I can’t stand Woody Allen. I just can’t.
The first Woody Allen film I saw was Bananas. It was hilarious, ridiculous and I couldn’t stop quoting it for weeks. I wrote one of my reaction papers in my Latin American Culture and Society class on the film.
Next, I saw Vicky Cristina Barcelona. I bought it from Blockbuster for a couple of dollars more than a three-day rental, so it was almost a steal. I can’t remember what my initial reaction to it was. I didn’t hate it, or love it, but I never get any desire to watch it again.
Then, I saw Annie Hall—but not before reading the script. The script was hilarious. Alvy was very self-aware, neurotic and kind of insufferable, but only because of those two distinguishing flaws. Nevertheless, he was lovable and funny. It translated so well on-screen; Diane Keaton was perfect and Woody was a fantastic complement.
Yesterday, I tried to watch Husbands and Wives.
I have this habit of keeping notes on my phone, around my room and in random folders on my computer. The other day while looking through my files, I found a quote about “kamikaze women” from Husbands and Wives.
Because that film was on Netflix’s instant-watch site, I decided to watch it during some of my downtime in the afternoon.
I got through almost an hour before exiting out.
I felt like Mugato from Zoolander.
“Blue Steel, Ferrari, Le Tigre—they’re the same face. Doesn’t anybody notice this? I feel like I’m taking crazy pills!”
I know, I know: everybody knows that it’s his style.
But come on! I searched online and found a pretty succinct list of “Things Woody Allen Just Doesn’t Get” and I agree on all points. That’s the extent of film-related Woody Allen complaints I could find. There’s still plenty of praise for this Husbands and Wives bullshit—which is a great concept and maybe is a great movie that I just need to actually sit through, but that I hated yesterday.
The same neurotic, self-sabotaging characters run around and you know how it’s going to end from the second it starts. What’s the point?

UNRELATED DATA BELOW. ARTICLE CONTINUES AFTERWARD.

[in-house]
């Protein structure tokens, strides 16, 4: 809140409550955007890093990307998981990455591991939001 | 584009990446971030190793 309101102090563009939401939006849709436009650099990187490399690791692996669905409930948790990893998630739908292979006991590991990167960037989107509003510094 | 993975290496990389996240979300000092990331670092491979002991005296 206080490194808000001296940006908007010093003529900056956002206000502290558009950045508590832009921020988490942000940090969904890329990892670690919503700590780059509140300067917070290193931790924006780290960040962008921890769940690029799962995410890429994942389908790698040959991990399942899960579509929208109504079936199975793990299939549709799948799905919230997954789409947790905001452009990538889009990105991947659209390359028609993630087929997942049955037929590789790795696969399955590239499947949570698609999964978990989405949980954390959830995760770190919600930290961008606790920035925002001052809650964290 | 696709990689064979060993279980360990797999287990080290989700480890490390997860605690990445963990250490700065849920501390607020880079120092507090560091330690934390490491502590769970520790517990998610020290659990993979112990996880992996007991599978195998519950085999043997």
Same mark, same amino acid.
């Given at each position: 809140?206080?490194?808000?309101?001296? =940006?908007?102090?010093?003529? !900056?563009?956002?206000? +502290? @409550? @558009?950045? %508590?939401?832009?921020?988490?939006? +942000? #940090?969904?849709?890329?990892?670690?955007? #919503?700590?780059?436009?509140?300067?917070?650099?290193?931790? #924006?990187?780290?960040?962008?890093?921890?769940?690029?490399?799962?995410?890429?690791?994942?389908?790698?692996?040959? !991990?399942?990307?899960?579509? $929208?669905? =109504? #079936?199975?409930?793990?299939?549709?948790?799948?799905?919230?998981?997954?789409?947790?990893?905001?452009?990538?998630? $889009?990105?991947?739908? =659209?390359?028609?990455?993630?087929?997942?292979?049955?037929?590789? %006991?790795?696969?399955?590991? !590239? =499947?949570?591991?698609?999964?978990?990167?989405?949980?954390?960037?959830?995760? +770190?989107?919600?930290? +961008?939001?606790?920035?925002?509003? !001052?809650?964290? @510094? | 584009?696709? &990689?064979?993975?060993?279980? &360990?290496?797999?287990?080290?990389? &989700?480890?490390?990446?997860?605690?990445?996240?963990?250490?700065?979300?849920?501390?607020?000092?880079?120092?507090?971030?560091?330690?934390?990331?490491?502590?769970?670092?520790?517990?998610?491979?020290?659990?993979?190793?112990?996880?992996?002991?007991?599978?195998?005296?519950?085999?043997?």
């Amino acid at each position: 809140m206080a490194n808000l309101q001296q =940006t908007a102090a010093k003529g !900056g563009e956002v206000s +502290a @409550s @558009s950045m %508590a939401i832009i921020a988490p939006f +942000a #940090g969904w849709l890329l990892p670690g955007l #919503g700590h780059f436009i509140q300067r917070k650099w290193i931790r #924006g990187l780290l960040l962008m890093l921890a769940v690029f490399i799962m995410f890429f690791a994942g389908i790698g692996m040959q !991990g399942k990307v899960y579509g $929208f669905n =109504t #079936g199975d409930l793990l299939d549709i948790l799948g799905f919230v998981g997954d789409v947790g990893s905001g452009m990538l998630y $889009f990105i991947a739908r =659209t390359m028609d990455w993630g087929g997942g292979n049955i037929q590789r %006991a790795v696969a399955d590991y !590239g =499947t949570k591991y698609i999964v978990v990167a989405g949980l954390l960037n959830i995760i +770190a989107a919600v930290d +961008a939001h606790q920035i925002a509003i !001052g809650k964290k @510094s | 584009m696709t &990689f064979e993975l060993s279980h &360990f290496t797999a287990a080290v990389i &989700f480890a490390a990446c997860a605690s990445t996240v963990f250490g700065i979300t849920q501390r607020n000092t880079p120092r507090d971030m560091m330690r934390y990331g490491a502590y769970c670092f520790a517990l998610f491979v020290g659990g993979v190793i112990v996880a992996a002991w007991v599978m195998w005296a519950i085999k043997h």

This is the same reason I hated Sex and the City 2.
I saw the first previews and knew I wasn’t going to like it. I tweeted something to the effect of “Isn’t there an age where existential crises get… old?” Then the teaser trailer came out—the one with Aidan—and I knew I was going to see it no matter what, because OMGZ CRRE + AND = HEARTS AND SHIT.
There is no “sell-by” date on immaturity. I know this. But, there is a “recommended to use by” date. Woody Allen’s characters ignore this date and exist in this non-reality where anyone who dares to question their personality just doesn’t understand the futility of life and blah blah existential angst blah. OH, and doesn’t understand New York or New Yorkers.
It’s like watching someone try to shovel their way out of a sinkhole. And the person is ignoring your screams. And other people are jumping in to help them, because suddenly NOBODY UNDERSTANDS HOW SHIT WORKS.
You have to wonder how those people feel when they wake up in the morning. It’s probably closer to Bill Murray in Groundhog Day than P Diddy.
I would just love to see one rational human being in his films. Just one. People are not perfect. I like that he illustrates this fact (to the point of redundancy) in his films. But in real life, people make an effort to be more than that (read: thoughtful, empathetic, logical, real).
But then again, maybe I just need to watch more Woody Allen films.